Python Exception Handling

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Exceptions are errors that are detected during execution. Whenever there is an error in a program, exceptions are raised.

If these exceptions are not handled, it drives the program into a halt state. Exception handling in python is required to prevent the program from terminating abruptly. This article will further explain Exception Handling in Python.


An exception is a class in Python that represents an error. When an exception is raised during the execution of code, it disrupts the normal flow of the program and can lead to a halt state or even a crash. To avoid this, it's important to do Exception handling in Python in a way that allows the program to continue running even if an error occurs.

Exception handling in Python is achieved using the try and except blocks. The try block is used to enclose the code that may raise an exception, while the except block is used to handle the exception that may occur. If an exception is raised in the try block, the program jumps to the except block to handle it, instead of halting the program altogether.

The basic syntax of a try-except block in Python is as follows:

It's important to note that try and except blocks must be used together in order to handle exceptions properly. Writing just try or except blocks alone will result in an error.In addition, the except block can specify the type of exception that it wants to catch.

Common Exceptions in Python

Before proceeding further, we need to understand what some of the common exceptions that python throws are.

All the inbuilt exceptions in python are inherited from the common ‘Exception’ class. Some of the common inbuilt exceptions are:

Exception NameDescription
ExceptionAll exceptions inherit this class as the base class for all exceptions.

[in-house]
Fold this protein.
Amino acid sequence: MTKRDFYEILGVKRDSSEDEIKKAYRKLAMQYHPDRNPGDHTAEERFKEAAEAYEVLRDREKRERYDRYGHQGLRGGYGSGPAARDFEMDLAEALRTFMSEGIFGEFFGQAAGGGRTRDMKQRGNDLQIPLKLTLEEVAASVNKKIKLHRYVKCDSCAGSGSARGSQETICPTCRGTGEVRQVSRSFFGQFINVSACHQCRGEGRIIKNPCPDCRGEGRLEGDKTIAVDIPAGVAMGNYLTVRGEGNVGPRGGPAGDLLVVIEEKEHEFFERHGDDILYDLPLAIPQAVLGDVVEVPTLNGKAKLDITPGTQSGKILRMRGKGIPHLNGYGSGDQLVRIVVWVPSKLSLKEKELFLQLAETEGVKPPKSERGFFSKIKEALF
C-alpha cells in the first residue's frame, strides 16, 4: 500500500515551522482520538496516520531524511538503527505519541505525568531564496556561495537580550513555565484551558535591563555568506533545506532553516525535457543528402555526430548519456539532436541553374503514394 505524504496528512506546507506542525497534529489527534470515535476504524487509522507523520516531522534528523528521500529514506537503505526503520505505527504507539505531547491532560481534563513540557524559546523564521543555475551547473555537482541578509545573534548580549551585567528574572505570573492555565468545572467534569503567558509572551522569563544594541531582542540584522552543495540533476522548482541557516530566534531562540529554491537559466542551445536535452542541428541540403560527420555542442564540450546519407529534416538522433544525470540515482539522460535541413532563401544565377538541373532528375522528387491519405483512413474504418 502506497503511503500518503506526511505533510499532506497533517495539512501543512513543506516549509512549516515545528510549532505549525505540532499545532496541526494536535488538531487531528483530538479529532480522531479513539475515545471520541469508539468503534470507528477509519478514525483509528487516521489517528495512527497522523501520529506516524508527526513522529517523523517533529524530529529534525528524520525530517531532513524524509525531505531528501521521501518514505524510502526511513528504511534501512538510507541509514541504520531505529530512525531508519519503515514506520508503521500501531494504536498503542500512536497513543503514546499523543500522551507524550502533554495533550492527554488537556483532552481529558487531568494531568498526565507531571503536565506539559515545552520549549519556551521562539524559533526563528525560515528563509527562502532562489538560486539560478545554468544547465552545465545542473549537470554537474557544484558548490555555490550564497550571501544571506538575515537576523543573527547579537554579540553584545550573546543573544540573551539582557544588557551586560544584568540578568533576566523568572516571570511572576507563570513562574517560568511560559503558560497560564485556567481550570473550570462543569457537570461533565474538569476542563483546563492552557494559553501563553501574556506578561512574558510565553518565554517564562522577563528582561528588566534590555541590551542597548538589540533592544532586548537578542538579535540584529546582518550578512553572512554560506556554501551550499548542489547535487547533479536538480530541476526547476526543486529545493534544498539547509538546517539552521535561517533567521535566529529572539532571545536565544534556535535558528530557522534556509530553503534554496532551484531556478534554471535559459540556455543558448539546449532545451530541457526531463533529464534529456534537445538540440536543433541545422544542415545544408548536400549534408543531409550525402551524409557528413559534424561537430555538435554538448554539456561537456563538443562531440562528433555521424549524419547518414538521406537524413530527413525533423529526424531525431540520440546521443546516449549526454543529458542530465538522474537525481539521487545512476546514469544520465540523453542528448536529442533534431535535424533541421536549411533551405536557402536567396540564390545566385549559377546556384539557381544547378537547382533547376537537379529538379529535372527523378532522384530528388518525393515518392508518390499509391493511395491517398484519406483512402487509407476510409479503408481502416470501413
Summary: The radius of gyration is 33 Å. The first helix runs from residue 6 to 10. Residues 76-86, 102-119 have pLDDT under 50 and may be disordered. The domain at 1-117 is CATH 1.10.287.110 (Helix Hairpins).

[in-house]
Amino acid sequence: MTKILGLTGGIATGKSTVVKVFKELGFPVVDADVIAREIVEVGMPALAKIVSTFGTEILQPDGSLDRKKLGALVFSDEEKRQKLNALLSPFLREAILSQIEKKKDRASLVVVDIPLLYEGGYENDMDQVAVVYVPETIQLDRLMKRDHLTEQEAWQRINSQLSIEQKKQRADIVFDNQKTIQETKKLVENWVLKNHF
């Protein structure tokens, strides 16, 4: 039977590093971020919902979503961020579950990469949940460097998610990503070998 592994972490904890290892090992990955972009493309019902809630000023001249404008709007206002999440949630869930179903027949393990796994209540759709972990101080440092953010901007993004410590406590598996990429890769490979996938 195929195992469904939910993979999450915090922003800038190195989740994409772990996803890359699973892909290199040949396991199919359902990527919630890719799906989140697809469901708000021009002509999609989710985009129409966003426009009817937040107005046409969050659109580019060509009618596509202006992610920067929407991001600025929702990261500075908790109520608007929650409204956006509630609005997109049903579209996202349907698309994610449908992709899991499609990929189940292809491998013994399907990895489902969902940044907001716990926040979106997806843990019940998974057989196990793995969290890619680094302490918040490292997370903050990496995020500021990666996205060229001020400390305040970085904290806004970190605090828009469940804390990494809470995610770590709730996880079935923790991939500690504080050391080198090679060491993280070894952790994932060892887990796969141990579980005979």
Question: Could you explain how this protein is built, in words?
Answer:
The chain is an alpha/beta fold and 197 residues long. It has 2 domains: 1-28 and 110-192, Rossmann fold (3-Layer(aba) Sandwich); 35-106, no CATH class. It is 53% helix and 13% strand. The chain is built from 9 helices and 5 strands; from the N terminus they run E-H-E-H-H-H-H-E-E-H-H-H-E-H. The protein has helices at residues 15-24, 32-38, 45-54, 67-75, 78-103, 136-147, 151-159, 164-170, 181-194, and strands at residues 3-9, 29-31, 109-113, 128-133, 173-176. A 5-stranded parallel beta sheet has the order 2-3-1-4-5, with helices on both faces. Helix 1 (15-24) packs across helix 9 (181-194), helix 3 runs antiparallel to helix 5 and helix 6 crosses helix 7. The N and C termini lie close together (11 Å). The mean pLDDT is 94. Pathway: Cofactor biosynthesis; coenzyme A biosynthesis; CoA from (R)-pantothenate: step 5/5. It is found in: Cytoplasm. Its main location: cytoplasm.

StopIterationRaised when the next() method of an iterator while iteration does not point to any object
StandardErrorAll exceptions inherit this class except stop StopIteration and SystemExit
ArithmeticErrorErrors that occur during numeric calculation are inherited by it.
OverflowErrorWhen a calculation exceeds the max limit for a specific numeric data type
ZeroDivisionErrorRaised when division or modulo by zero takes place.
AssertionErrorRaised when an assert statement fails
AttributeErrorRaised in case of failure of attribute assignment
EOFErrorRaised when the end of file is reached, usually occurs when there is no input from input() function
ImportErrorRaised when an import statement fails
NameErrorRaised when an identifier is not found in the local or non-local or global scope.
SyntaxErrorRaised when there is an error in python syntax.
IndentationErrorRaised when indentation is not proper
TypeErrorRaised when a specific operation of a function is triggered for an invalid data type
ValueErrorRaised when invalid values are provided to the arguments of some builtIn function for a data type that has a valid type of arguments.
RuntimeErrorRaised when an error does not fall into any other category
NotImplementedErrorRaised when an abstract method that needs to be implemented in an inherited class is not actually implemented.

These are just some of the common exceptions in python. To understand more on types of exceptions check python’s official documentation on exceptions

Catching Specific Exceptions in Python

In the above example, we caught the exception that was being raised in the try block, but the except blocks are going to catch all the exceptions that try might raise.

Well, it’s considered a good practice to catch specific types of exceptions and handle them accordingly. And yes, try can have multiple except blocks. We can also use a tuple of values in an except to receive multiple specific exception types.